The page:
SEARCH

SEARCH BY CITATION

Keywords:

  • fatigue;
  • sleep disorders;
  • sleepiness;
  • subjective rating scales

Summary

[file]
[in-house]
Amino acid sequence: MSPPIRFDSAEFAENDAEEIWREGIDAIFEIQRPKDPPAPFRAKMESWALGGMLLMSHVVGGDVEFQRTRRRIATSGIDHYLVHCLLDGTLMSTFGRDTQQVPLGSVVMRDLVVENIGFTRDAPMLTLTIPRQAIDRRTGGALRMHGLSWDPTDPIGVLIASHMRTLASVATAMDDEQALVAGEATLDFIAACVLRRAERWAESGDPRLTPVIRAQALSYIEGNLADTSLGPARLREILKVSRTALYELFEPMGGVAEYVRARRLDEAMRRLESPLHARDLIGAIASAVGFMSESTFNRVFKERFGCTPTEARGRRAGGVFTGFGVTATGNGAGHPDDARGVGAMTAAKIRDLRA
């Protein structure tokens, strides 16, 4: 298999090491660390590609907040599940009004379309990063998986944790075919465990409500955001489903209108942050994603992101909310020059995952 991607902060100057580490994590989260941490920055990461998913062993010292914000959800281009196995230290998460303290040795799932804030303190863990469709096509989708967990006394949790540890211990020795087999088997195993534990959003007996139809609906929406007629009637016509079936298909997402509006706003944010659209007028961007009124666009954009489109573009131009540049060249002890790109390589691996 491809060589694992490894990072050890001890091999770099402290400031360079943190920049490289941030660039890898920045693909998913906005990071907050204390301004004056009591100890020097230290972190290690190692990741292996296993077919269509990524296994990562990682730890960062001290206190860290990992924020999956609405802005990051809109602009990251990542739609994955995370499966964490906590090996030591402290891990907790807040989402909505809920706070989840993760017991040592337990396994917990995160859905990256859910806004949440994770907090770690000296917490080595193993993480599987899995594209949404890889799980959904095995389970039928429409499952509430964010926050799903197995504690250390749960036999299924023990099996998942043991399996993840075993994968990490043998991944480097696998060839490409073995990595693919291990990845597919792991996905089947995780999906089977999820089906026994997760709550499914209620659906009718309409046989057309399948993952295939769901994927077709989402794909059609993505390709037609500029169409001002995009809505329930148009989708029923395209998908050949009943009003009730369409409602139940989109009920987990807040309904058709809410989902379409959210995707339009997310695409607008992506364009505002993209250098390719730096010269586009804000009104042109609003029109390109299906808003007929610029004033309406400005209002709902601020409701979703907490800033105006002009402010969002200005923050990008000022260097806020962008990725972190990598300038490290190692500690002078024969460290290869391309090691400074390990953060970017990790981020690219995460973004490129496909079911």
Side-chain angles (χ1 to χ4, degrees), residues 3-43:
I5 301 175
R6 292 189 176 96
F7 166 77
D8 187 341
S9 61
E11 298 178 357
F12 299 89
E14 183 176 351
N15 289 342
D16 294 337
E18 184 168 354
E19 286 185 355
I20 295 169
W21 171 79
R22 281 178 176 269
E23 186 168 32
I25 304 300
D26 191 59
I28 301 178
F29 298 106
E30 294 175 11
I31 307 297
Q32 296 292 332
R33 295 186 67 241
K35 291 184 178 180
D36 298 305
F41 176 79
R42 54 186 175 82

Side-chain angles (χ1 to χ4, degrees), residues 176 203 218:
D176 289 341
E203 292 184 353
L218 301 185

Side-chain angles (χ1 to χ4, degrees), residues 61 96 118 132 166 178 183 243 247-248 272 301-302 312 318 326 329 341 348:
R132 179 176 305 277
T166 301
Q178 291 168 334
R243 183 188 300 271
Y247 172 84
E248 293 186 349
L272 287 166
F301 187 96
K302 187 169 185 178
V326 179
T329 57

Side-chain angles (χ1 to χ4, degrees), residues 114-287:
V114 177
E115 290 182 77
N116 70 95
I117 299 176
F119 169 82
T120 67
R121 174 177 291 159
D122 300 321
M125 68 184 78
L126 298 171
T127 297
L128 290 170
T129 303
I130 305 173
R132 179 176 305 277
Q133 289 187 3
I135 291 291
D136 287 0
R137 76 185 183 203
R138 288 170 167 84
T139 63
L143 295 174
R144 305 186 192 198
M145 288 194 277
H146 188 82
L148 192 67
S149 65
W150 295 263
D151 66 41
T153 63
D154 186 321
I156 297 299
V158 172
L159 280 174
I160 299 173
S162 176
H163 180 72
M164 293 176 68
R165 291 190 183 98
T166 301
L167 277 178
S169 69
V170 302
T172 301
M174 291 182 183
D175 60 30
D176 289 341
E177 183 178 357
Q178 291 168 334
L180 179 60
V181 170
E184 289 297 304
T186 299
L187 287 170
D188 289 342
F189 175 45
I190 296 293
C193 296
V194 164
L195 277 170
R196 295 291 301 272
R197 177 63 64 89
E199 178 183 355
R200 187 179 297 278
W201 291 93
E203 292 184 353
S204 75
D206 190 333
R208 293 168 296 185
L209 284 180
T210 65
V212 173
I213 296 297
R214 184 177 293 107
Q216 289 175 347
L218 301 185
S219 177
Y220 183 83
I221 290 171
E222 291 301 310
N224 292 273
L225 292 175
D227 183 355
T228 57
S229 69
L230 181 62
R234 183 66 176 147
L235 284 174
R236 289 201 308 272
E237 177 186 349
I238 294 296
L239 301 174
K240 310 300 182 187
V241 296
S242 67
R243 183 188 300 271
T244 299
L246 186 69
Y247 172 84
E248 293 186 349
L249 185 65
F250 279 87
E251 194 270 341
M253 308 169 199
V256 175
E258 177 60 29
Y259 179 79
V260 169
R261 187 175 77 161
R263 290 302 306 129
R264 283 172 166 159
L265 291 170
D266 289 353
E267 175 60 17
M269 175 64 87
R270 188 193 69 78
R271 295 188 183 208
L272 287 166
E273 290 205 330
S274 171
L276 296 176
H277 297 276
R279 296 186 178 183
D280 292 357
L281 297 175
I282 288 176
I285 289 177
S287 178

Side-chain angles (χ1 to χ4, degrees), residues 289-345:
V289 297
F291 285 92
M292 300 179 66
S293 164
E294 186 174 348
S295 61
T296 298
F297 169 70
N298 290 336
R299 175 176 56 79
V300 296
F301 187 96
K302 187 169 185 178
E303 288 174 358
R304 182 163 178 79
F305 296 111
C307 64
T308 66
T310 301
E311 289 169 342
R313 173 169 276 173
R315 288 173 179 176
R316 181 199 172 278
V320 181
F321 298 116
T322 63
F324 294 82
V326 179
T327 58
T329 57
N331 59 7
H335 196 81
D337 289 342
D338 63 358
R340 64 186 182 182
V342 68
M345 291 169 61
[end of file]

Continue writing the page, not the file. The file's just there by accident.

The objective of this investigation was to evaluate subjective fatigue versus subjective sleepiness as independent consequences of sleep disorders. Furthermore, we tried to explore how these symptoms relate to alertness, depressive symptoms and illness intrusiveness. In a prospective observational study, 283 sleep-disordered patients referred to a hospital-based sleep laboratory for various indications over a 1-year period were evaluated vis-à-vis fatigue and sleepiness. All patients completed five subjective questionnaires, underwent objective sleep recording and attended a clinical interview with a sleep specialist. The subjective questionnaires included the Epworth Sleepiness Scale, the Fatigue Severity Scale, the Toronto Hospital Alertness Test, the Illness Intrusiveness Rating Scale and the Center for Epidemiologic Studies-Depression Scale. Only 4% of the total sample was referred to the sleep clinic due to a complaint of excessive fatigue compared with 17% for excessive daytime sleepiness. However, during the assessment, 64% of referred patients reported pathological fatigue without overlap of sleepiness and only 4% reported pathological sleepiness without overlap of fatigue. Pearson's correlation analysis indicated a weak association (r = 0.18) between subjective fatigue and sleepiness in the total sample. Analysis of variance testing showed strong association between those patients with prominent fatigue and depressive symptoms (P < 0.01) and illness intrusiveness (P < 0.001). The findings support the notion that subjective fatigue and sleepiness can be independent manifestations of sleep disorders. Furthermore, predominantly fatigued individuals with sleep disorders seem vulnerable to additional negative consequences due to possible interplay between amplified fatigue and psychological distress.